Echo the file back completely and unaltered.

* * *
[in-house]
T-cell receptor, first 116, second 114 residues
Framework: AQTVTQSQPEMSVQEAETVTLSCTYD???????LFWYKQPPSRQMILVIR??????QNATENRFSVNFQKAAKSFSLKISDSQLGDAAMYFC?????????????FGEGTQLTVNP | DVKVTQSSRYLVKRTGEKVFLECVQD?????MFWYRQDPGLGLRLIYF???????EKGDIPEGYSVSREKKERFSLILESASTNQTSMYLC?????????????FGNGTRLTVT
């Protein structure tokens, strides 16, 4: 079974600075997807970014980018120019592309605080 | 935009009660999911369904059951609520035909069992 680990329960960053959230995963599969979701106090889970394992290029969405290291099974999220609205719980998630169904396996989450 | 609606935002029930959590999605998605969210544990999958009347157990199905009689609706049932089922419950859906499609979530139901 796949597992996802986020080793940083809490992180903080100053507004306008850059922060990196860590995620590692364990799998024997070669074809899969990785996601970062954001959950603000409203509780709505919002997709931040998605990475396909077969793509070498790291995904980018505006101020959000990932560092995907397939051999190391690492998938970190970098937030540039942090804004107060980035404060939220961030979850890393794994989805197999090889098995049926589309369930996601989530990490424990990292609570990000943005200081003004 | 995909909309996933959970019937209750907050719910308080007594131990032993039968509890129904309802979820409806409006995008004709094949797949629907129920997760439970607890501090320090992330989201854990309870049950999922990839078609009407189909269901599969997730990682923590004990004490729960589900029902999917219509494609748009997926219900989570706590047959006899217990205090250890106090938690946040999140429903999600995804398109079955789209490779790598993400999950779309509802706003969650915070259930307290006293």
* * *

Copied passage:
[in-house]
T-cell receptor, first 116, second 114 residues
Framework: AQTVTQSQPEMSVQEAETVTLSCTYD???????LFWYKQPPSRQMILVIR??????QNATENRFSVNFQKAAKSFSLKISDSQLGDAAMYFC?????????????FGEGTQLTVNP | DVKVTQSSRYLVKRTGEKVFLECVQD?????MFWYRQDPGLGLRLIYF???????EKGDIPEGYSVSREKKERFSLILESASTNQTSMYLC?????????????FGNGTRLTVT
């Protein structure tokens, strides 16, 4: 079974600075997807970014980018120019592309605080 | 935009009660999911369904059951609520035909069992 680990329960960053959230995963599969979701106090889970394992290029969405290291099974999220609205719980998630169904396996989450 | 609606935002029930959590999605998605969210544990999958009347157990199905009689609706049932089922419950859906499609979530139901 796949597992996802986020080793940083809490992180903080100053507004306008850059922060990196860590995620590692364990799998024997070669074809899969990785996601970062954001959950603000409203509780709505919002997709931040998605990475396909077969793509070498790291995904980018505006101020959000990932560092995907397939051999190391690492998938970190970098937030540039942090804004107060980035404060939220961030979850890393794994989805197999090889098995049926589309369930996601989530990490424990990292609570990000943005200081003004 | 995909909309996933959970019937209750907050719910308080007594131990032993039968509890129904309802979820409806409006995008004709094949797949629907129920997760439970607890501090320090992330989201854990309870049950999922990839078609009407189909269901599969997730990682923590004990004490729960589900029902999917219509494609748009997926219900989570706590047959006899217990205090250890106090938690946040999140429903999600995804398109079955789209490779790598993400999950779309509802706003969650915070259930307290006293």